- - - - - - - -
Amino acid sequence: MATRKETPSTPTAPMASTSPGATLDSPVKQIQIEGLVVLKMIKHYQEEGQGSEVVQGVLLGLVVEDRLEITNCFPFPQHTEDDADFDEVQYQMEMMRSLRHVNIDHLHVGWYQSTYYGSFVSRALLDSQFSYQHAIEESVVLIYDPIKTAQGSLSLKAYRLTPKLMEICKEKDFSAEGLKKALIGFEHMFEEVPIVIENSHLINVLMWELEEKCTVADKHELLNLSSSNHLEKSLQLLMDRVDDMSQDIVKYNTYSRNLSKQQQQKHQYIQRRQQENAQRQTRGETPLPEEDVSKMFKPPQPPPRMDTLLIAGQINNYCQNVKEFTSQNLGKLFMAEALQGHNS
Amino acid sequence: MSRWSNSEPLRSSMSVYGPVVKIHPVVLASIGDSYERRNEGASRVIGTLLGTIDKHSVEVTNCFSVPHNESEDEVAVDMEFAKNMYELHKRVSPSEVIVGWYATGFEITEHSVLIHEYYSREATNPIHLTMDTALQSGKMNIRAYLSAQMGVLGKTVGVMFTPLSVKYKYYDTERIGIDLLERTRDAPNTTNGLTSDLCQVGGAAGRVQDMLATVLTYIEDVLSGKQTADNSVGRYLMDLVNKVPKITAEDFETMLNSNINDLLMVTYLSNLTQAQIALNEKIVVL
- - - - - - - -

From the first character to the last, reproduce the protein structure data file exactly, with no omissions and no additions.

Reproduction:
Amino acid sequence: MATRKETPSTPTAPMASTSPGATLDSPVKQIQIEGLVVLKMIKHYQEEGQGSEVVQGVLLGLVVEDRLEITNCFPFPQHTEDDADFDEVQYQMEMMRSLRHVNIDHLHVGWYQSTYYGSFVSRALLDSQFSYQHAIEESVVLIYDPIKTAQGSLSLKAYRLTPKLMEICKEKDFSAEGLKKALIGFEHMFEEVPIVIENSHLINVLMWELEEKCTVADKHELLNLSSSNHLEKSLQLLMDRVDDMSQDIVKYNTYSRNLSKQQQQKHQYIQRRQQENAQRQTRGETPLPEEDVSKMFKPPQPPPRMDTLLIAGQINNYCQNVKEFTSQNLGKLFMAEALQGHNS
Amino acid sequence: MSRWSNSEPLRSSMSVYGPVVKIHPVVLASIGDSYERRNEGASRVIGTLLGTIDKHSVEVTNCFSVPHNESEDEVAVDMEFAKNMYELHKRVSPSEVIVGWYATGFEITEHSVLIHEYYSREATNPIHLTMDTALQSGKMNIRAYLSAQMGVLGKTVGVMFTPLSVKYKYYDTERIGIDLLERTRDAPNTTNGLTSDLCQVGGAAGRVQDMLATVLTYIEDVLSGKQTADNSVGRYLMDLVNKVPKITAEDFETMLNSNINDLLMVTYLSNLTQAQIALNEKIVVL